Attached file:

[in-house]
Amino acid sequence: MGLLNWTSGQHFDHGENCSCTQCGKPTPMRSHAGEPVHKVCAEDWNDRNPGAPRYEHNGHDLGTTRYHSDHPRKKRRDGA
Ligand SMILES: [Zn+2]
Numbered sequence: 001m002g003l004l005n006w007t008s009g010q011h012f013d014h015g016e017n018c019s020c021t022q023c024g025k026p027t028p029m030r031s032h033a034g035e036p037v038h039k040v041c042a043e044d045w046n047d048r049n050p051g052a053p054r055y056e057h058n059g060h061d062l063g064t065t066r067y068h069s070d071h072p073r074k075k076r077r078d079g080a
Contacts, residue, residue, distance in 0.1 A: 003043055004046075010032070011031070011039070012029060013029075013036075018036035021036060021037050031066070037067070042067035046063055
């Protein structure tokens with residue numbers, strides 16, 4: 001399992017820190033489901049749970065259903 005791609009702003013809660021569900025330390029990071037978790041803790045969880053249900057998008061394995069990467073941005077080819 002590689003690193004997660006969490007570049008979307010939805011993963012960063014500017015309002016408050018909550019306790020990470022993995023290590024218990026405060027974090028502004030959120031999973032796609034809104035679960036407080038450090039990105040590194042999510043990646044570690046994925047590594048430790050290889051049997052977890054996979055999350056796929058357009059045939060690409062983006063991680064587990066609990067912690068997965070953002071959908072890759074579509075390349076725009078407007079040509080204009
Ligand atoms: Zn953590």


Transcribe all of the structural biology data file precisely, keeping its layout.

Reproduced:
[in-house]
Amino acid sequence: MGLLNWTSGQHFDHGENCSCTQCGKPTPMRSHAGEPVHKVCAEDWNDRNPGAPRYEHNGHDLGTTRYHSDHPRKKRRDGA
Ligand SMILES: [Zn+2]
Numbered sequence: 001m002g003l004l005n006w007t008s009g010q011h012f013d014h015g016e017n018c019s020c021t022q023c024g025k026p027t028p029m030r031s032h033a034g035e036p037v038h039k040v041c042a043e044d045w046n047d048r049n050p051g052a053p054r055y056e057h058n059g060h061d062l063g064t065t066r067y068h069s070d071h072p073r074k075k076r077r078d079g080a
Contacts, residue, residue, distance in 0.1 A: 003043055004046075010032070011031070011039070012029060013029075013036075018036035021036060021037050031066070037067070042067035046063055
């Protein structure tokens with residue numbers, strides 16, 4: 001399992017820190033489901049749970065259903 005791609009702003013809660021569900025330390029990071037978790041803790045969880053249900057998008061394995069990467073941005077080819 002590689003690193004997660006969490007570049008979307010939805011993963012960063014500017015309002016408050018909550019306790020990470022993995023290590024218990026405060027974090028502004030959120031999973032796609034809104035679960036407080038450090039990105040590194042999510043990646044570690046994925047590594048430790050290889051049997052977890054996979055999350056796929058357009059045939060690409062983006063991680064587990066609990067912690068997965070953002071959908072890759074579509075390349076725009078407007079040509080204009
Ligand atoms: Zn953590």